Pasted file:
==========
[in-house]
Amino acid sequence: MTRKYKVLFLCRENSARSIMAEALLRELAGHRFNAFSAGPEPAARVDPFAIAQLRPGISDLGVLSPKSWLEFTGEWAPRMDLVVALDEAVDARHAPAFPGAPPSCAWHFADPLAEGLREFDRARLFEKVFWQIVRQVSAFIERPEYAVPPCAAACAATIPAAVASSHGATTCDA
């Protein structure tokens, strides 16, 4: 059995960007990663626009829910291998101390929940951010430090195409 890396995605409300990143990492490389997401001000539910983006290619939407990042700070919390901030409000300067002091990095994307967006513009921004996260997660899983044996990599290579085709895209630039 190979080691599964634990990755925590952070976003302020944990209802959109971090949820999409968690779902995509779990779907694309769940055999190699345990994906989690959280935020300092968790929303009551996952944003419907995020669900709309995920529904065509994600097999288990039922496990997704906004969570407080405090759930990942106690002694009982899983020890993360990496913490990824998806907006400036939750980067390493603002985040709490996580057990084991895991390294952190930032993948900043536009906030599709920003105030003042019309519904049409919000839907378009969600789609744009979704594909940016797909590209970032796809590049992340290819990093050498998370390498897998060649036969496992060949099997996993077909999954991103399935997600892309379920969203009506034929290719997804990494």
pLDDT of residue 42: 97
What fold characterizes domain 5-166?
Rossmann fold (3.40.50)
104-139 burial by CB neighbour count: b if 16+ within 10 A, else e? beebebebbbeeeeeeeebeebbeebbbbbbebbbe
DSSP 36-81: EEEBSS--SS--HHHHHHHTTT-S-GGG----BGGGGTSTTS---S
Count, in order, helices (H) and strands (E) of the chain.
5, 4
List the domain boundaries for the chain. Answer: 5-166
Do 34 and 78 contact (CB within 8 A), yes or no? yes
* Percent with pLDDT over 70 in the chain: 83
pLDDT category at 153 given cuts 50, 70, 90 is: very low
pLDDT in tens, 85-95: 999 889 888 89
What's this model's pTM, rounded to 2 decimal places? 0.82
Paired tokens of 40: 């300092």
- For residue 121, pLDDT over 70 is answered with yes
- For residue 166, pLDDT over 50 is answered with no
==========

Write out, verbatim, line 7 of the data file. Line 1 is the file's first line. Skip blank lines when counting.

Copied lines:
104-139 burial by CB neighbour count: b if 16+ within 10 A, else e? beebebebbbeeeeeeeebeebbeebbbbbbebbbe